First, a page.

Aaron Tucker’s Soldiers, Hunters, Not Cowboys is pitched as “‘Cat Person’ meets Station Eleven.” That grabbed my interest, and is surprisingly accurate. The novel examines toxic masculinity through the lens of popular culture, specifically the 1956 John Wayne film The Searchers. Smart, visceral, and haunting, this book will brand itself on both your heart and your brain.
Emily Schultz wrote of the book:
“In Soldiers, Hunters, Not Cowboys, Aaron Tucker refuses the easy projections of masculinity from film history. Instead he gallops into the screen to sift out how drama collaborates with the bloodiest of truths. That this novel shifts from dialogical treatise into a thriller proves that Tucker is well on his way to stealing the weird fiction mantle away from Don DeLillo.”
In making this playlist, I channeled the unnamed protagonist of Soldiers, Hunters, Not Cowboys, blending it with my own musical tastes and background growing up in the Okanagan Valley of British Columbia (Canada). The results are definitely skewed towards white men, but that is the worldview of the protagonist, a white masculinity that lives constantly with anger. If there is tenderness and sensitivity in such a figure, it is reflected by Melanie, an ex-girlfriend and the person who openly challenges him in the first half of the novel. Her songs on this playlist have a defiance and intelligence that hopefully intrudes on the rest of the collected here. The back-and-forth is similar to the first half of the novel, where the John Ford-directed film The Searchers structures a conversation that steadily escalates towards threat in the late night hours. The second half of the novel is apocalyptic, swallowing Toronto, and the songs here could be playing in the protagonist’s headphones as he tries to traverse the city towards Melanie in a hero’s quest-turned-Revelation.
“Kate McCannon” by Colter Wall
I wanted to start this playlist with a song that paralleled the menace of the book and male violence of the novel. Wall’s take on the country murder ballad is as mean as they come.
“Lonesome, On’ry and Mean” by Waylon Jennings
Similarly, I thought this Outlaw Country classic conjures the man at the bar that is not to be messed with, a few beers in, edgy. Too, I think this how the protagonist of the novel sees himself, as a dangerous man.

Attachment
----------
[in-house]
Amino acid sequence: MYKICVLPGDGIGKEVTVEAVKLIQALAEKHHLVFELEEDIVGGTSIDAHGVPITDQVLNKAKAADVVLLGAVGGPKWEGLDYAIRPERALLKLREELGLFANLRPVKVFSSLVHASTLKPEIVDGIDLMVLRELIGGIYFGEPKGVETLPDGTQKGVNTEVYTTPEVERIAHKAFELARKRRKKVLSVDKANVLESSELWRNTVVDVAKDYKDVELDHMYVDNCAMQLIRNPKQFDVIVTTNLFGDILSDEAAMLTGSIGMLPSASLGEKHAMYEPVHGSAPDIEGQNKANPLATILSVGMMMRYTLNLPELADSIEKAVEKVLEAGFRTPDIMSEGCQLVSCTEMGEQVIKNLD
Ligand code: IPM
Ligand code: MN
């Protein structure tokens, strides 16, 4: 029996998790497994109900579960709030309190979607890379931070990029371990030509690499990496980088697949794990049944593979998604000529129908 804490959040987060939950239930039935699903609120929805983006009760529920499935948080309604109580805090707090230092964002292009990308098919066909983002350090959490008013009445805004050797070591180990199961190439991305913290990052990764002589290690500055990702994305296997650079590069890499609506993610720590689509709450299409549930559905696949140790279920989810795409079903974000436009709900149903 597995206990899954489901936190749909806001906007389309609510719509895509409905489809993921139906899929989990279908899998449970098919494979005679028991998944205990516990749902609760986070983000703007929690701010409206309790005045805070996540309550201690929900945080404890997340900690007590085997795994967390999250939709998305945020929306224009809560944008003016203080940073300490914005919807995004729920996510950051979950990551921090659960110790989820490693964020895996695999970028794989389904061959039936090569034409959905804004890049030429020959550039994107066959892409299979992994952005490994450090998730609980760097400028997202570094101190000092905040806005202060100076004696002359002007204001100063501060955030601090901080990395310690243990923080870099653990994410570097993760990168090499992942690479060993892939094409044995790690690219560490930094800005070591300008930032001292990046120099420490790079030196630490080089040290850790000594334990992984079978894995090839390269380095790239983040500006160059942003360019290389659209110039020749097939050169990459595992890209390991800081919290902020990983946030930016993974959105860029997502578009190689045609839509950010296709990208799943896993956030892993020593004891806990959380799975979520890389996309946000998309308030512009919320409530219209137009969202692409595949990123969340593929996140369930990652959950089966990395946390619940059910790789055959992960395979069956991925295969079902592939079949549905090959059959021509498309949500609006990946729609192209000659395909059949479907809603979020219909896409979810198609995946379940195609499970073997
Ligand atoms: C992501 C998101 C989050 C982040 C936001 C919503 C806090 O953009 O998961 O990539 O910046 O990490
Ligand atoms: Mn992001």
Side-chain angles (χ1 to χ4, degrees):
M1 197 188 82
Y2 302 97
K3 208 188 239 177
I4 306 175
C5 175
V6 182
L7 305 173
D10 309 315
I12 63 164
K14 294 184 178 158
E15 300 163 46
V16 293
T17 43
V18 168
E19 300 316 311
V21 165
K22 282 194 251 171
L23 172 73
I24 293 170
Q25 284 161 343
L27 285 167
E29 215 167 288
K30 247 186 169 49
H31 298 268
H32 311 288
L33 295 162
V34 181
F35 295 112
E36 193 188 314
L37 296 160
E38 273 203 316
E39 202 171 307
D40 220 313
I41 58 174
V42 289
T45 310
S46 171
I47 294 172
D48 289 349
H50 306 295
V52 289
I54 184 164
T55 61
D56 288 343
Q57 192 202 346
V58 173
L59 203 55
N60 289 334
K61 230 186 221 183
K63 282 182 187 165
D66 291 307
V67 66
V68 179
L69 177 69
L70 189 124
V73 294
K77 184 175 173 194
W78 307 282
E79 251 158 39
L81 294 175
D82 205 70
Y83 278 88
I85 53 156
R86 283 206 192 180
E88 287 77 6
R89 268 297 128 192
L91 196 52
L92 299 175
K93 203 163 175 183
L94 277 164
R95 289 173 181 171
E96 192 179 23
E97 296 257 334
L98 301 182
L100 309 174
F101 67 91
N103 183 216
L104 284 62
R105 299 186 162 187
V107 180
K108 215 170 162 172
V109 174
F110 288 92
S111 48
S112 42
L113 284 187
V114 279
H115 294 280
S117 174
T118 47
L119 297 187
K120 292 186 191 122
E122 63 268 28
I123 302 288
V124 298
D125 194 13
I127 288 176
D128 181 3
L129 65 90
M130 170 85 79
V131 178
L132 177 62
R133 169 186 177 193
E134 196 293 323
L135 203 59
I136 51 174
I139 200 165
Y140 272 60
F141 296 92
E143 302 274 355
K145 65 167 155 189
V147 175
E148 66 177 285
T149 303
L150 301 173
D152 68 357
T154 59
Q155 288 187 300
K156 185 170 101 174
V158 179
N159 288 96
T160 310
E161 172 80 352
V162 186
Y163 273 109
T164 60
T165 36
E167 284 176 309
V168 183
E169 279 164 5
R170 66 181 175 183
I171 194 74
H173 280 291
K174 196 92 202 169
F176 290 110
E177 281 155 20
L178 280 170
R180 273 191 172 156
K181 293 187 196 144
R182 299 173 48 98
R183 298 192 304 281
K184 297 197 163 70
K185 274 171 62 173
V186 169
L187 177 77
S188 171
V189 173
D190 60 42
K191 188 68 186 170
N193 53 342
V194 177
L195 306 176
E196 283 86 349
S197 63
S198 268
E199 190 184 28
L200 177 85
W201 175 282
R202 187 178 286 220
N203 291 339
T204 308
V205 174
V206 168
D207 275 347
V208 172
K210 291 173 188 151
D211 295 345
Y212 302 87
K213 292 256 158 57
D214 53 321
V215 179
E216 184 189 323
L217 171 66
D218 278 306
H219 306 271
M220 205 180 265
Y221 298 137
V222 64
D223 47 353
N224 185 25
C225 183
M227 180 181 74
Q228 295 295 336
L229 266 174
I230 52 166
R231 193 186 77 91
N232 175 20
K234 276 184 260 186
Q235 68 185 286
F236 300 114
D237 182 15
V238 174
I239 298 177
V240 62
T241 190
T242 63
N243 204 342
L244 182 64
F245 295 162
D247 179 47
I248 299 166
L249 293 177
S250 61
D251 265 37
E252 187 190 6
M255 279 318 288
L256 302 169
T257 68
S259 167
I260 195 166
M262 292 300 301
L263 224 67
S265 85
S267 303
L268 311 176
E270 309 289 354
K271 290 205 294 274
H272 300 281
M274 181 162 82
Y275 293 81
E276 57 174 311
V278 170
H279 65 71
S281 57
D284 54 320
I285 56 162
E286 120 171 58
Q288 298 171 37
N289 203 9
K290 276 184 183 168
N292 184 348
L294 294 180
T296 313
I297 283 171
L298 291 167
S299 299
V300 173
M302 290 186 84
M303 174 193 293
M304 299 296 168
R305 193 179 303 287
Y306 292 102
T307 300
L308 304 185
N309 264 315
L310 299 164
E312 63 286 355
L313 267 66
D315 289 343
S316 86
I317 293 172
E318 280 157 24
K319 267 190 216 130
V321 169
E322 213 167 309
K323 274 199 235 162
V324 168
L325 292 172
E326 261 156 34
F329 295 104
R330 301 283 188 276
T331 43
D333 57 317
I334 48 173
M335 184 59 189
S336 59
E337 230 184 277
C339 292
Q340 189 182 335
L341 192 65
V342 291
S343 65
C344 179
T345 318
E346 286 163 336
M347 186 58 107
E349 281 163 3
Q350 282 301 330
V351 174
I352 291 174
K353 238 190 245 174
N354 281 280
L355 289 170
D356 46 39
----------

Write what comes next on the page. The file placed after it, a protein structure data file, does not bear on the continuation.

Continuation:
“I Break Horses” by Smog
When I think about the self-myth making that the protagonist makes for himself in this book, there is the figure of the cowboy, even though he himself has never rode a horse. He considers himself knowledgable in the area nonetheless, a person capable of taming horses by exertion of will.
“Shake the Frost” by Tyler Childers
At the same time, I think the protagonist also sees himself as sensitive and the type of a man a woman would love. This is the other side of the protagonist, one that loves and sees that love as epic and romantic, regardless of whether that is true or not.
“Speed Trap Town” by Jason Isbell
That duality, sensitive and violent, comes in part from where the protagonist grew up, a small town in British Columbia, Canada, a town laced with the sadness of any way station, captured perfectly in this song.
“The Bird Hunters”: by Turnpike Troubadours
The logic behind choosing this song is similar to “Speed Trap Town,” a song about the relationships that criss-cross across decades in an intimate rural place. Plus, I wrote a lot of this book listening to this song and appreciate that the lead singer, Evan Felker, said he modelled the song after Larry McMurtry, a favourite author of mine.
“Geraldine” by Jack Ingram, Miranda Lambert, and Jon Randall
The novel hinges on Melanie, and her strength and power, especially in the first half, and how the unnamed protagonist reacts to her rejection, in the past and during the book. When I hear this song, I think of Dolly Parton’s “Jolene” but also Melanie and her forcefulness.
“Fancy” by Reba McEntire
One of my mother’s favourite singers, I grew up listing to a lot of Reba. I thought this cover of the Bobbie Gentry song meshed well with “Kate McCannon” in its reversal of that song, a woman taking control of her sexuality and making a life for herself. The darkness of the song fits well with Melanie, especially in reaction to the men she suffered when she was younger.
“Rated X” by Neko Case
A terrific cover of Loretta Lynn’s amazing song, I picked up this CD when I was really taking learning to write seriously, nearly 20 years ago now. Again, I see this an an anthem for Melanie, a rebuke of the type of men in her life, the protagonist chief among them.
“Time of the Preacher” by Willie Nelson
I’ve thought of this novel as a reckoning, fire and brimstone, especially in the second half as the protagonist makes his way across Toronto as it unravels. Here is the preacher of that journey, screaming like a panther.
“Over Yonder” by Charles Wesley Godwin
Without spoiling the end of the book, I think this last song is a version of the final shot in The Searchers, maybe kinder and more lyric than the protagonist deserves, but is in parallel with the film that structures the first half of the book, the dark door closing that this novel works towards.
Aaron Tucker is the author of three books of poems as well as the novel Y: Oppenheimer, Horseman of Los Alamos (Coach House Books) which was translated by Rachel Martinez into French as Oppenheimer (La Peuplade) in the summer of 2020. He is currently a PhD candidate in the Cinema and Media Studies Department at York University where he is an Elia Scholar, a VISTA Doctoral Scholar and a 2020 Joseph-Armand Bombardier Doctoral Fellow.